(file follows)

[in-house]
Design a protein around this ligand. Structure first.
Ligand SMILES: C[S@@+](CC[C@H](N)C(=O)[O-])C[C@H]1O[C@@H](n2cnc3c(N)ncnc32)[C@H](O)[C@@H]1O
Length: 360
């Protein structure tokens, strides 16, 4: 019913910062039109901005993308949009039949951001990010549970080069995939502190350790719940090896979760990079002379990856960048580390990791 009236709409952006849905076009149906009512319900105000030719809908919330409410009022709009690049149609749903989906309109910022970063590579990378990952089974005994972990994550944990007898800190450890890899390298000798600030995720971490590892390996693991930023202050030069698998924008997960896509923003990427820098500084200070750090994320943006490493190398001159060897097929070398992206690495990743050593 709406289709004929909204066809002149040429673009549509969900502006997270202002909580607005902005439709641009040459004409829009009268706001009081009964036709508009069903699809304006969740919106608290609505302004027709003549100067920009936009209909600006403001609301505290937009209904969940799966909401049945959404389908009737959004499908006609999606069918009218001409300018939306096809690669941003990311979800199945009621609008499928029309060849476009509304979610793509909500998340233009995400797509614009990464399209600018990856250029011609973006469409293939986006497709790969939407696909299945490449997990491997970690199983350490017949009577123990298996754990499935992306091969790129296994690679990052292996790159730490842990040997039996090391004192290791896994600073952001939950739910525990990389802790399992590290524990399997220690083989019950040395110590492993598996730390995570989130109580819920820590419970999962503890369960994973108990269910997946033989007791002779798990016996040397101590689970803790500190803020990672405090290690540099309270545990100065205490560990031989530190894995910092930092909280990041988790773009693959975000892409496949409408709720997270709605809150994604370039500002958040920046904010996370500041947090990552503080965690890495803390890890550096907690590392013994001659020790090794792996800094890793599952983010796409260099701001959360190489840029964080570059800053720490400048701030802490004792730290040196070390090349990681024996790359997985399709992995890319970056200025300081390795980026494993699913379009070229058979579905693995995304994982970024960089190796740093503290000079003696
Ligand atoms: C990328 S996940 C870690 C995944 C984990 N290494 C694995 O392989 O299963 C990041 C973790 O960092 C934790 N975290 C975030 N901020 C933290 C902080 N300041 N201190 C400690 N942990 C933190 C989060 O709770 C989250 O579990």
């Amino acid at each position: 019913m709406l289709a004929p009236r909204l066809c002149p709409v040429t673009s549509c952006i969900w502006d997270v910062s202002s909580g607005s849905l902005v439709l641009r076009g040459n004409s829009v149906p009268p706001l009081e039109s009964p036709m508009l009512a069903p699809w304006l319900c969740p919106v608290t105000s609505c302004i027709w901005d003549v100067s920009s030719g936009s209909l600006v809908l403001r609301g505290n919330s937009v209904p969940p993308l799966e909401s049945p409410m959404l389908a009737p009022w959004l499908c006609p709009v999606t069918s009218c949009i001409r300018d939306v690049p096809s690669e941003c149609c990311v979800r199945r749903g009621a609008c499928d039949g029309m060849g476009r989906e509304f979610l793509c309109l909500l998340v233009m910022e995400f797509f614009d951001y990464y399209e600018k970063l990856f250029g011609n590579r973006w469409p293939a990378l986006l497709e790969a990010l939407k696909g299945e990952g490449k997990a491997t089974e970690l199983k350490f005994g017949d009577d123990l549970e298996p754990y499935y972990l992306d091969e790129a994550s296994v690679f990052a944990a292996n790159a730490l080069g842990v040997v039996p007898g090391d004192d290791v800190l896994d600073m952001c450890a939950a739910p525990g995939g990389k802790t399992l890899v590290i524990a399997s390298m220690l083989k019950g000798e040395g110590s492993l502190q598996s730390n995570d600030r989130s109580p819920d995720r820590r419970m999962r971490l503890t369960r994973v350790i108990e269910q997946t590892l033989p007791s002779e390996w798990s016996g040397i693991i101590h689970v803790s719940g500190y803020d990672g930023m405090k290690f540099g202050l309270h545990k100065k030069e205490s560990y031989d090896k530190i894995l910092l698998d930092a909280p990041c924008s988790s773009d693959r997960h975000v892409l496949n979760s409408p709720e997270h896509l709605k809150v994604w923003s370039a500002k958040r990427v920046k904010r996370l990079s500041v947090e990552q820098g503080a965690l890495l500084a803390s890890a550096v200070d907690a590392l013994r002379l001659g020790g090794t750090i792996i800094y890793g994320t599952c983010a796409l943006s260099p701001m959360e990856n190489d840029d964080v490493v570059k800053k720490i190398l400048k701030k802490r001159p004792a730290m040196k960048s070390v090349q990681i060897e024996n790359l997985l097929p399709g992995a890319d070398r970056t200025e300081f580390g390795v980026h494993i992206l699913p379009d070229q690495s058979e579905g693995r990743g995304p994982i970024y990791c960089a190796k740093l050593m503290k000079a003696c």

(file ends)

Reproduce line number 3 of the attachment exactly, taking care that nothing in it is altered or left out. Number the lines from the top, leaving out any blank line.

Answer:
Ligand SMILES: C[S@@+](CC[C@H](N)C(=O)[O-])C[C@H]1O[C@@H](n2cnc3c(N)ncnc32)[C@H](O)[C@@H]1O